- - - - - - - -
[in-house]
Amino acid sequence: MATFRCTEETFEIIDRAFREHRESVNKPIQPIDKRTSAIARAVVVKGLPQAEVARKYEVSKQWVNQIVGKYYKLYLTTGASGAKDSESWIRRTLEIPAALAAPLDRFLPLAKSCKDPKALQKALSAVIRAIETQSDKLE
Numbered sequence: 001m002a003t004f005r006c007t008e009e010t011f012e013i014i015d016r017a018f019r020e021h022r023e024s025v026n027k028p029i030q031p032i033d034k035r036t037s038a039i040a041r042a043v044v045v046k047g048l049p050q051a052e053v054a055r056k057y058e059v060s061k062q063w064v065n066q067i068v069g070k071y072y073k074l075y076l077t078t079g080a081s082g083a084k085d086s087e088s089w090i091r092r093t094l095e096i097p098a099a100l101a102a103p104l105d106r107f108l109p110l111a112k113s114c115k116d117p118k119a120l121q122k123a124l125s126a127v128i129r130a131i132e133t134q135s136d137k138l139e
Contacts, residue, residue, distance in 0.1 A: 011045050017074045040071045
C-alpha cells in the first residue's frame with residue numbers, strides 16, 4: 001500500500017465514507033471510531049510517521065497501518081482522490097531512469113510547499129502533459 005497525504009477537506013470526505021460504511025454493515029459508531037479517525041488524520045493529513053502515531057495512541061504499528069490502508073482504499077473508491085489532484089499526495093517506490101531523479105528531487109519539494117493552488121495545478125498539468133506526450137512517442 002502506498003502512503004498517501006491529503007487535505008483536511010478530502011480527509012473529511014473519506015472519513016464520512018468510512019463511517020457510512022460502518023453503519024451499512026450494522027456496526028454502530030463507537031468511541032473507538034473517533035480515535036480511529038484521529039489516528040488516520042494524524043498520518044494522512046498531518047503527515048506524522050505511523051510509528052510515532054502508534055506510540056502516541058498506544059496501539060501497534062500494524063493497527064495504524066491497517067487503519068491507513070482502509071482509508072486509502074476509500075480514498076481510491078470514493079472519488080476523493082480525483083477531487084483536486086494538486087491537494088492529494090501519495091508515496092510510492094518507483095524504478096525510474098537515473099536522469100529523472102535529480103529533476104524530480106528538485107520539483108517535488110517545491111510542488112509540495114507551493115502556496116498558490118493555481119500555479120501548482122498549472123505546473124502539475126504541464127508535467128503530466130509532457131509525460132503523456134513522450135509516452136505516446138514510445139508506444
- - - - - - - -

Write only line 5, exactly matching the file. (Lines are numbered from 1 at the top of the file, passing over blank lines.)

C-alpha cells in the first residue's frame with residue numbers, strides 16, 4: 001500500500017465514507033471510531049510517521065497501518081482522490097531512469113510547499129502533459 005497525504009477537506013470526505021460504511025454493515029459508531037479517525041488524520045493529513053502515531057495512541061504499528069490502508073482504499077473508491085489532484089499526495093517506490101531523479105528531487109519539494117493552488121495545478125498539468133506526450137512517442 002502506498003502512503004498517501006491529503007487535505008483536511010478530502011480527509012473529511014473519506015472519513016464520512018468510512019463511517020457510512022460502518023453503519024451499512026450494522027456496526028454502530030463507537031468511541032473507538034473517533035480515535036480511529038484521529039489516528040488516520042494524524043498520518044494522512046498531518047503527515048506524522050505511523051510509528052510515532054502508534055506510540056502516541058498506544059496501539060501497534062500494524063493497527064495504524066491497517067487503519068491507513070482502509071482509508072486509502074476509500075480514498076481510491078470514493079472519488080476523493082480525483083477531487084483536486086494538486087491537494088492529494090501519495091508515496092510510492094518507483095524504478096525510474098537515473099536522469100529523472102535529480103529533476104524530480106528538485107520539483108517535488110517545491111510542488112509540495114507551493115502556496116498558490118493555481119500555479120501548482122498549472123505546473124502539475126504541464127508535467128503530466130509532457131509525460132503523456134513522450135509516452136505516446138514510445139508506444